StudentA:

The Dow Jones Industrial Average is an indicator of how 30 large U.S. companies are currently performing. Some of the companies included in the Dow are Apple, Coca-Cola, Exxon, McDonald’s, Procter and Gamble, and many more. There is no specific manner in which these companies are chosen, as they are not just the 30 largest companies in the market. Generally, they should be very large and well respected companies, and are chosen by S&P Dow Jones Indices.

The differences between the Dow Jones and the S&P 500 lie in their diversity and weighting methods. They are both well regarded indices, but are followed for different reasons. The Dow Jones is an average, calculated by a price divisor, so higher priced stock affect the average more than lower priced ones. The S&P 500 is of course far larger, containing 500 stocks, presenting a wider range of representation about the market. It is determined by giving weights to each stock by its market value, and regardless of stock price, a percentage change will be reflected the same on the index.

GE was recently removed from the Dow as it was under performing, going down around 55% over the past year. Because the Dow is weighted by price, this has a great impact on the Dow average, and this led to GE’s removal. This is certainly not good for GE and its stock, as its reputation is surely receiving negative pushback since its removal from the Dow reflects poorly on the company. The Dow however, is likely to recover as they have selected Walgreen’s to replace GE as its 30th company on the average. Walgreen’s was selected for its consistency, and will no doubt bring the Dow average back up.

Student B:

The Dow Jones Industrial Average is comprised of 30 companies that are thought to be representative of the overall economy. These stocks are chosen based on how well they reflect current economic conditions. They are very large companies and can be dropped from the Dow (like GE) if they experience financial distress or if the economy changes and would need to be reflected by different companies. The Dow is different from the S&P 500 Index because the Dow is price-weighted and S&P is market cap-weighted. S&P also has a larger number of companies and is therefore more diversified. A benefit of the Dow is that it shows the performance of large companies that have a large impact on the American economy. A disadvantage however, is that it is price-weighted, so the larger companies with affect the average far more than the smaller companies in the Dow. An advantage of the S&P 500 is that there are 500 companies, so it shows companies and stock conditions in every sector. However, because investors don’t only have stock and also have bonds and other investments, the S&P isn’t necessarily the best indicator of the overall economy. This is also a drawback of the Dow and any other stock index. From what I’ve found, the S&P 500 Index is now the leading index that people use to gauge the conditions of the stock market and economy.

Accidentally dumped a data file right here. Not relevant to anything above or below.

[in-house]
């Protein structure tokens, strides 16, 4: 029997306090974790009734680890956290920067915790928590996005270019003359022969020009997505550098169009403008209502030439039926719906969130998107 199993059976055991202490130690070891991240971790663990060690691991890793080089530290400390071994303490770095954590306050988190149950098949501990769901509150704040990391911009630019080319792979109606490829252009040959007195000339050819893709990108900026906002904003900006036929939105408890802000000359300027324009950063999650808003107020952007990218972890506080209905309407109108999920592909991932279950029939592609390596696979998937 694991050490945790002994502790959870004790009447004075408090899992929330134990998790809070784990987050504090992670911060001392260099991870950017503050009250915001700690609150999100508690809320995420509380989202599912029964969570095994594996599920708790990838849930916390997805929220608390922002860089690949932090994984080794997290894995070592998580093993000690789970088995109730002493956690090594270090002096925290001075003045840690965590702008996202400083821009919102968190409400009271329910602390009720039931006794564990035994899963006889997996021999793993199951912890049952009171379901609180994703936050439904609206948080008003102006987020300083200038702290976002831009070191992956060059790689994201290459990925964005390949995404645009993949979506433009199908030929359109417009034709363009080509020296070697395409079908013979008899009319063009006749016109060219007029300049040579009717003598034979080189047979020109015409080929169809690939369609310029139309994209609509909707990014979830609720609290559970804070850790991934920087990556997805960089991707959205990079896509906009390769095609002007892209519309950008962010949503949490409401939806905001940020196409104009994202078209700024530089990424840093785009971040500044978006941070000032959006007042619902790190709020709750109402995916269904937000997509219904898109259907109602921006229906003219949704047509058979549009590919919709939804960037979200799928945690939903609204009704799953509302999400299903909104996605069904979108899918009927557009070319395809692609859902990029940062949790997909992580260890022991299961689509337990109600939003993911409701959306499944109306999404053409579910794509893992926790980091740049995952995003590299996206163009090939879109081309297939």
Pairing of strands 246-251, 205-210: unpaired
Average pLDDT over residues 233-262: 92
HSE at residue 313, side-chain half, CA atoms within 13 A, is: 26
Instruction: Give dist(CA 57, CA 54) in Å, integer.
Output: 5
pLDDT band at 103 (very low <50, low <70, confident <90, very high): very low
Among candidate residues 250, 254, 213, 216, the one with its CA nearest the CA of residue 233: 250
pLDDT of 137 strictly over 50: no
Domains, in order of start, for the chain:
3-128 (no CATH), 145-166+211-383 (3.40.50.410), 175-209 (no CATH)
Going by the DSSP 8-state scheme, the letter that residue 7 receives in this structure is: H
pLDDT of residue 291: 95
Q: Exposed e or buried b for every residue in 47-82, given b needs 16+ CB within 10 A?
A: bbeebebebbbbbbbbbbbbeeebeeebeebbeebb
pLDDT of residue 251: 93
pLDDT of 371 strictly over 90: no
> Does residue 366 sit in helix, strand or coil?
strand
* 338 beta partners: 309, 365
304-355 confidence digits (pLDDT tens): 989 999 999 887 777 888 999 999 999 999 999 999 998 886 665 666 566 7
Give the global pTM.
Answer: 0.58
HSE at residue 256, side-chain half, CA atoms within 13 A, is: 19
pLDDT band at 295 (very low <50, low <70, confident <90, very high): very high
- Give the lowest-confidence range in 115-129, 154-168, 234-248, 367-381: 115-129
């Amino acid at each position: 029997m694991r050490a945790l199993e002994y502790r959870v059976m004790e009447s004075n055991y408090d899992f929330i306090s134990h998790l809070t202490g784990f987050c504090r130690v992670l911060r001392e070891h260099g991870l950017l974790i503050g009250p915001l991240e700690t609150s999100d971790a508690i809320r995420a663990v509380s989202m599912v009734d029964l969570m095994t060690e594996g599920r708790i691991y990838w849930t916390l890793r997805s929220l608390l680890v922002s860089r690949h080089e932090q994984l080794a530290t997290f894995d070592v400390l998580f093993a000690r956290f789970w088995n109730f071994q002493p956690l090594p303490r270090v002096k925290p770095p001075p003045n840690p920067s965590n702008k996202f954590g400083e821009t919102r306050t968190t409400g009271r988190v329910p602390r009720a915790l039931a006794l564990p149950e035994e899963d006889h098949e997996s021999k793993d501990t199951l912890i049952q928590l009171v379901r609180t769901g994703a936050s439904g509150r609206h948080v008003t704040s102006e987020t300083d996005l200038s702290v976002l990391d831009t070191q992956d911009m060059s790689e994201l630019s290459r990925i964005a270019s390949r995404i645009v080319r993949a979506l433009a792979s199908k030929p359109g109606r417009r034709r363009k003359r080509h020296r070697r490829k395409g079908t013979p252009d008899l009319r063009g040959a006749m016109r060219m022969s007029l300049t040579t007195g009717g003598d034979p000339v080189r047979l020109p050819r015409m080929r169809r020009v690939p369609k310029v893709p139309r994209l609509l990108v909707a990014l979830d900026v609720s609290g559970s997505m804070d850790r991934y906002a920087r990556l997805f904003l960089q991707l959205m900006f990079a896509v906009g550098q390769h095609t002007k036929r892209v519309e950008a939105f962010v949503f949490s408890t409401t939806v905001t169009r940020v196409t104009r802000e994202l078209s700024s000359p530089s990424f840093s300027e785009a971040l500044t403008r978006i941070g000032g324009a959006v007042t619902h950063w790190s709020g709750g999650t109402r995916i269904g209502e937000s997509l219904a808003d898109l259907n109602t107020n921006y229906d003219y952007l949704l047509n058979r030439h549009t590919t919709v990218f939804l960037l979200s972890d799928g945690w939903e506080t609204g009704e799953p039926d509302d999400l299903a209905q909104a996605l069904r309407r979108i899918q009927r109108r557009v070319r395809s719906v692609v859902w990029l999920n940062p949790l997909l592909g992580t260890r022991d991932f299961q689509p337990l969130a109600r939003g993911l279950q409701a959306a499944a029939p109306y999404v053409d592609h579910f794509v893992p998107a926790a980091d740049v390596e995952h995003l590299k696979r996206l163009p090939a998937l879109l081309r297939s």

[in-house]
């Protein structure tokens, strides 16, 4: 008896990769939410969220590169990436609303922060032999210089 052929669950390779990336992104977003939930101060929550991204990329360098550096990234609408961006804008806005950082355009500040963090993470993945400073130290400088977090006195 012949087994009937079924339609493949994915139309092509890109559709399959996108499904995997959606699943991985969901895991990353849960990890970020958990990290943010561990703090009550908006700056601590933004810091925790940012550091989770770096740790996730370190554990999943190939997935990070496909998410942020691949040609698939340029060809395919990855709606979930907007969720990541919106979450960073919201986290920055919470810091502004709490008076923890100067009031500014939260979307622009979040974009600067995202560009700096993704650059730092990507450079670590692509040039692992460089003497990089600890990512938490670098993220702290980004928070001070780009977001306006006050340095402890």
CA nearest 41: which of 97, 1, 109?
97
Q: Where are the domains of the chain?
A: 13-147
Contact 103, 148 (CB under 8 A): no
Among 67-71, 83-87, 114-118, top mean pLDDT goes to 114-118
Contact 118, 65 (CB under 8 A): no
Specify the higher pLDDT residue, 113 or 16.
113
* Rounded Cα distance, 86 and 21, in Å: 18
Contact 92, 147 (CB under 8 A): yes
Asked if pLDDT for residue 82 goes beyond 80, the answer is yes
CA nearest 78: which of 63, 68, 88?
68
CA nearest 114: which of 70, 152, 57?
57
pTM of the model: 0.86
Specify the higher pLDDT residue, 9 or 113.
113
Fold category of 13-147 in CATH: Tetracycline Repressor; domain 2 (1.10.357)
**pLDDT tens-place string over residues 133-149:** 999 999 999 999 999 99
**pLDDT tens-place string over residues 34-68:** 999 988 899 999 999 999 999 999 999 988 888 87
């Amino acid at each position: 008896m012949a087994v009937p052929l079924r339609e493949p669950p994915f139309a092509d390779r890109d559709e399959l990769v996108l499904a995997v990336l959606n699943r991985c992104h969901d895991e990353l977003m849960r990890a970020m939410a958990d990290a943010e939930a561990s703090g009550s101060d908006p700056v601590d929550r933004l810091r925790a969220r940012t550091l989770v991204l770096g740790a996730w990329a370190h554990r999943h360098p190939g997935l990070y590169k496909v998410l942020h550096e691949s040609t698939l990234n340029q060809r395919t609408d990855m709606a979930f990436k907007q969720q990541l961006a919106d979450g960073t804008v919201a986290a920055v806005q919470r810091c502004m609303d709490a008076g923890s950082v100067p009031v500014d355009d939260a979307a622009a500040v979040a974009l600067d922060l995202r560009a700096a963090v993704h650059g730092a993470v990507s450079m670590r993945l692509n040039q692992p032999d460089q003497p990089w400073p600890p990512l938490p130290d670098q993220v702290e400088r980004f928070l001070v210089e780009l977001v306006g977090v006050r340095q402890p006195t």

In terms of GE, they were dropped from the Dow because their stock prices had very little impact on the Dow Average. Also, because the Dow is supposed to be representative of the overall economic conditions in the U.S, they can’t have a company that does not represent the economy. In the past year, GE has seen a 55% decrease in performance, which is not reflective of economic conditions. Considering that GE represented less than .4% of the Dow, I don’t think their absence will make a large impact itself. However, it is being replaced by Walgreens, whose share price is more than 5 times the amount of GE. This means that the Dow now has a company that will more significantly impact it. As far as the impact on GE, things have already been going downhill for them and I can only imagine being dropped from the Dow will not have a positive impact. However, because many investors are more reliant on the S&P 500, being dropped from the Dow may not have an extremely negative impact. There are many factors contributing to the downfall of GE, but depending on how the new CEO, John Flannery, decides to change operations, leaving the Dow could not matter at all.

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